In your case, however, the mechanic does not have to put the car back in the condition it was when you entrusted it to him. However, if he did not give you a legally enforceable estimate for the work, you may be able to recover your vehicle without paying him.

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  • I was in a car accident and from the dents in my car you can tell it was the other drivers fault. should i sue?

    on oct. 3 i was in a parking lot about to back into a space. before i could take my foot off the brake a van hit my drivers side denting my door and smashing my side mirror. at the time a witness gave me his name but when the other driver insuranc...

    Francis’s Answer

    If you were injured, it certainly would be worth contacting an attorney. On the other hand, if there is only property damage (dents to your car, for example), you should probably handle this through your own insurer. If you don't have comprehensive or collision coverage on your vehicle, you may have to bring a claim for the cost of the repairs. Obviously, if that cost is not very high in legal terms (even if it seems high to you), it probably won't be worth hiring an attorney. On the other hand, even if there is only a few thousand dollars worth of damage, I strongly urge citizens to use the small claims court -- at least once. Doing so will empower you to know and understand the process. You will then be able to resolve legal disputes which are expensive but not at the level where you would want to hire an attorney. Small claims court is fast (by lawyers' standards), inexpensive and fairly easy to handle. It is not unlike some of the T.V. shows such as "Judge Judy." You don't need a lawyer and being familiar with the process will give you the confidence you need to resolve disputes in a legal arena that you might otherwise feel you have to ignore.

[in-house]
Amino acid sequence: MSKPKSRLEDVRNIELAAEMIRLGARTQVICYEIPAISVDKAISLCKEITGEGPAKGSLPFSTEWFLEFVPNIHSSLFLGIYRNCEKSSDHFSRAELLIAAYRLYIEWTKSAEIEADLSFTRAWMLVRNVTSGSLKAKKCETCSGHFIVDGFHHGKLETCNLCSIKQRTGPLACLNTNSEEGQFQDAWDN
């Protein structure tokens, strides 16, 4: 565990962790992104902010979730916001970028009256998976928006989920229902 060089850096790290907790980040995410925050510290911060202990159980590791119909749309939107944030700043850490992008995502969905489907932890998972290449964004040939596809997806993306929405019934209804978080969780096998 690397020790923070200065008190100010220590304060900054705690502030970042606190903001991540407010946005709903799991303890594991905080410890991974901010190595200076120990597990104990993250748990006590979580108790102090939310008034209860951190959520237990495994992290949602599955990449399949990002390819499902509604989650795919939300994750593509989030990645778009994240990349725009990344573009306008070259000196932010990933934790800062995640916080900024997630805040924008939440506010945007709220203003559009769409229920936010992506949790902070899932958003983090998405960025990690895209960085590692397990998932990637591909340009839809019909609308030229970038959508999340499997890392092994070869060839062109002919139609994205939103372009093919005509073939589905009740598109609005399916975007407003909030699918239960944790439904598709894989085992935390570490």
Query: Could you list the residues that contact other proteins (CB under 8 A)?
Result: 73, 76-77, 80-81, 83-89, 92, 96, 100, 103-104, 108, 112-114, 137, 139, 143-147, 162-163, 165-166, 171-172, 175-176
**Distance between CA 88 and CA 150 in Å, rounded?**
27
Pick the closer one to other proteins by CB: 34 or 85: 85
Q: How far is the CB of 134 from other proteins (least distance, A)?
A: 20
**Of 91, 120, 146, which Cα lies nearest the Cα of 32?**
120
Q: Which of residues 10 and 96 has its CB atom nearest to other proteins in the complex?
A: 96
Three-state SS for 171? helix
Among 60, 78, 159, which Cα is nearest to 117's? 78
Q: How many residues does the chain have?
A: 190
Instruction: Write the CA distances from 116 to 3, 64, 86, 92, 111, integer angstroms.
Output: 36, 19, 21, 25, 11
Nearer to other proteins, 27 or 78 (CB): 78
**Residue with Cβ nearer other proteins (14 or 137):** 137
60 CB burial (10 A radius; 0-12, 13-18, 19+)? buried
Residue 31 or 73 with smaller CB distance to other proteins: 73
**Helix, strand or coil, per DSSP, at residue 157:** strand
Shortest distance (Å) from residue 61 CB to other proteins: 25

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  • What can i do if i was hurt during a work related injury and afterwards upon my return i was harrased by management